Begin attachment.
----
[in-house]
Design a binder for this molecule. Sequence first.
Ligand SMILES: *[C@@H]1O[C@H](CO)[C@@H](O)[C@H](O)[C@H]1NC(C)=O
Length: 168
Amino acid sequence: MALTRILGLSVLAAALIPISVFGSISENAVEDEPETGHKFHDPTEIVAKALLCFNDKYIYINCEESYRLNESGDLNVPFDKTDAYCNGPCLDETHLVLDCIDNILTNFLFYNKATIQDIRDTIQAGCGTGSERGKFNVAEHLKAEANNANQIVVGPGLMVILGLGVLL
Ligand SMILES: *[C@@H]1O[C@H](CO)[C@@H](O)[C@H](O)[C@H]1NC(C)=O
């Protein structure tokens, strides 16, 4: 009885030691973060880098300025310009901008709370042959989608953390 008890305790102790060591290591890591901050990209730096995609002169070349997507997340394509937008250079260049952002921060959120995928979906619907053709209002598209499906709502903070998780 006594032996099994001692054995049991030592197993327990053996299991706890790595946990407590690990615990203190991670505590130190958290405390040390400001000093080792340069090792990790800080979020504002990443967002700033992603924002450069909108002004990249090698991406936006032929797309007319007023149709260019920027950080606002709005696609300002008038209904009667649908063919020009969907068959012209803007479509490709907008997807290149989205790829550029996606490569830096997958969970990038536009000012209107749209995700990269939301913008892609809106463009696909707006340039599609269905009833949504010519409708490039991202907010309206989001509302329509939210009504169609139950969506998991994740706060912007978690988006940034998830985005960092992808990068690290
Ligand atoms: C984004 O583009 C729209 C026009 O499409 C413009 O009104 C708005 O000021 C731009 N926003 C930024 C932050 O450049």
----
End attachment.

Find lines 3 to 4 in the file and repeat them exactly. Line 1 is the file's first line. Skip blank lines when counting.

Ligand SMILES: *[C@@H]1O[C@H](CO)[C@@H](O)[C@H](O)[C@H]1NC(C)=O
Length: 168